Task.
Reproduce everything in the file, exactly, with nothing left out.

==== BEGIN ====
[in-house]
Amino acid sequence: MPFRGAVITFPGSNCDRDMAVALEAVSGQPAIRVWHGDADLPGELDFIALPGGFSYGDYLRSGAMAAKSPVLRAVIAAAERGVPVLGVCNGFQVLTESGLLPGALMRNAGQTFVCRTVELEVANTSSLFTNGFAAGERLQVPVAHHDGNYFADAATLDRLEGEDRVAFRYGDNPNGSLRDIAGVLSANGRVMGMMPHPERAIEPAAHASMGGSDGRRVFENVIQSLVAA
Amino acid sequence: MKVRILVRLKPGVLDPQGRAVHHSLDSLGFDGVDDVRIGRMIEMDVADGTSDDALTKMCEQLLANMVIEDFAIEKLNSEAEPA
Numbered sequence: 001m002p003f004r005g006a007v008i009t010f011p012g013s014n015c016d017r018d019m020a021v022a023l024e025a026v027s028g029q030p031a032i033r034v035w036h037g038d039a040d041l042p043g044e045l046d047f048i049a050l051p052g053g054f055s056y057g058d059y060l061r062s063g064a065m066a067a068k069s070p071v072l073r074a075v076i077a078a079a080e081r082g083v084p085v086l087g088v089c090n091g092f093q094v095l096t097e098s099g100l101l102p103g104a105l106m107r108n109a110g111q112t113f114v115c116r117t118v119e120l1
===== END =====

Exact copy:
[in-house]
Amino acid sequence: MPFRGAVITFPGSNCDRDMAVALEAVSGQPAIRVWHGDADLPGELDFIALPGGFSYGDYLRSGAMAAKSPVLRAVIAAAERGVPVLGVCNGFQVLTESGLLPGALMRNAGQTFVCRTVELEVANTSSLFTNGFAAGERLQVPVAHHDGNYFADAATLDRLEGEDRVAFRYGDNPNGSLRDIAGVLSANGRVMGMMPHPERAIEPAAHASMGGSDGRRVFENVIQSLVAA
Amino acid sequence: MKVRILVRLKPGVLDPQGRAVHHSLDSLGFDGVDDVRIGRMIEMDVADGTSDDALTKMCEQLLANMVIEDFAIEKLNSEAEPA
Numbered sequence: 001m002p003f004r005g006a007v008i009t010f011p012g013s014n015c016d017r018d019m020a021v022a023l024e025a026v027s028g029q030p031a032i033r034v035w036h037g038d039a040d041l042p043g044e045l046d047f048i049a050l051p052g053g054f055s056y057g058d059y060l061r062s063g064a065m066a067a068k069s070p071v072l073r074a075v076i077a078a079a080e081r082g083v084p085v086l087g088v089c090n091g092f093q094v095l096t097e098s099g100l101l102p103g104a105l106m107r108n109a110g111q112t113f114v115c116r117t118v119e120l1